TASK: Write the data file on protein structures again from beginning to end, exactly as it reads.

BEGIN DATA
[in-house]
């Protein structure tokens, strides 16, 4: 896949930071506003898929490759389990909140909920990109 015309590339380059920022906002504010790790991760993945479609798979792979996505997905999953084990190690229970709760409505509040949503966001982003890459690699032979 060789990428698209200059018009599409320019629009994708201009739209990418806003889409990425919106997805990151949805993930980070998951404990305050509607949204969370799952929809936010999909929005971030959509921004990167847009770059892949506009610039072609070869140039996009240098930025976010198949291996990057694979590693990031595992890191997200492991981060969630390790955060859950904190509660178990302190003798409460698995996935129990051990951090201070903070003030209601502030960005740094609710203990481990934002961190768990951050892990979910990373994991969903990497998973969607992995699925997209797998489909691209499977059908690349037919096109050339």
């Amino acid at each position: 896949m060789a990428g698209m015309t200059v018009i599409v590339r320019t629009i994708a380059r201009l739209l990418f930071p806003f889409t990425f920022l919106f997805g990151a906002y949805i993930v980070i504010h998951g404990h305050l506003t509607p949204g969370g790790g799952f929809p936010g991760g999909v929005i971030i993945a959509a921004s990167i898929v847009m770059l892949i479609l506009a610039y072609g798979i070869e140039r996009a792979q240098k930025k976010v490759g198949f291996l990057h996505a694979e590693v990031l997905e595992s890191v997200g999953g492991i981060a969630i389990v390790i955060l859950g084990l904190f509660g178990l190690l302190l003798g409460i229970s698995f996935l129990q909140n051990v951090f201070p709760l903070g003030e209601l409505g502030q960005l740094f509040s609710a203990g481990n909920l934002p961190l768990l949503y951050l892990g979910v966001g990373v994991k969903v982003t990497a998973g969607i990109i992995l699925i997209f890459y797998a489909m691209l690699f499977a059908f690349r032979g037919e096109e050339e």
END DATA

[in-house]
């Protein structure tokens, strides 16, 4: 896949930071506003898929490759389990909140909920990109 015309590339380059920022906002504010790790991760993945479609798979792979996505997905999953084990190690229970709760409505509040949503966001982003890459690699032979 060789990428698209200059018009599409320019629009994708201009739209990418806003889409990425919106997805990151949805993930980070998951404990305050509607949204969370799952929809936010999909929005971030959509921004990167847009770059892949506009610039072609070869140039996009240098930025976010198949291996990057694979590693990031595992890191997200492991981060969630390790955060859950904190509660178990302190003798409460698995996935129990051990951090201070903070003030209601502030960005740094609710203990481990934002961190768990951050892990979910990373994991969903990497998973969607992995699925997209797998489909691209499977059908690349037919096109050339």
């Amino acid at each position: 896949m060789a990428g698209m015309t200059v018009i599409v590339r320019t629009i994708a380059r201009l739209l990418f930071p806003f889409t990425f920022l919106f997805g990151a906002y949805i993930v980070i504010h998951g404990h305050l506003t509607p949204g969370g790790g799952f929809p936010g991760g999909v929005i971030i993945a959509a921004s990167i898929v847009m770059l892949i479609l506009a610039y072609g798979i070869e140039r996009a792979q240098k930025k976010v490759g198949f291996l990057h996505a694979e590693v990031l997905e595992s890191v997200g999953g492991i981060a969630i389990v390790i955060l859950g084990l904190f509660g178990l190690l302190l003798g409460i229970s698995f996935l129990q909140n051990v951090f201070p709760l903070g003030e209601l409505g502030q960005l740094f509040s609710a203990g481990n909920l934002p961190l768990l949503y951050l892990g979910v966001g990373v994991k969903v982003t990497a998973g969607i990109i992995l699925i997209f890459y797998a489909m691209l690699f499977a059908f690349r032979g037919e096109e050339e």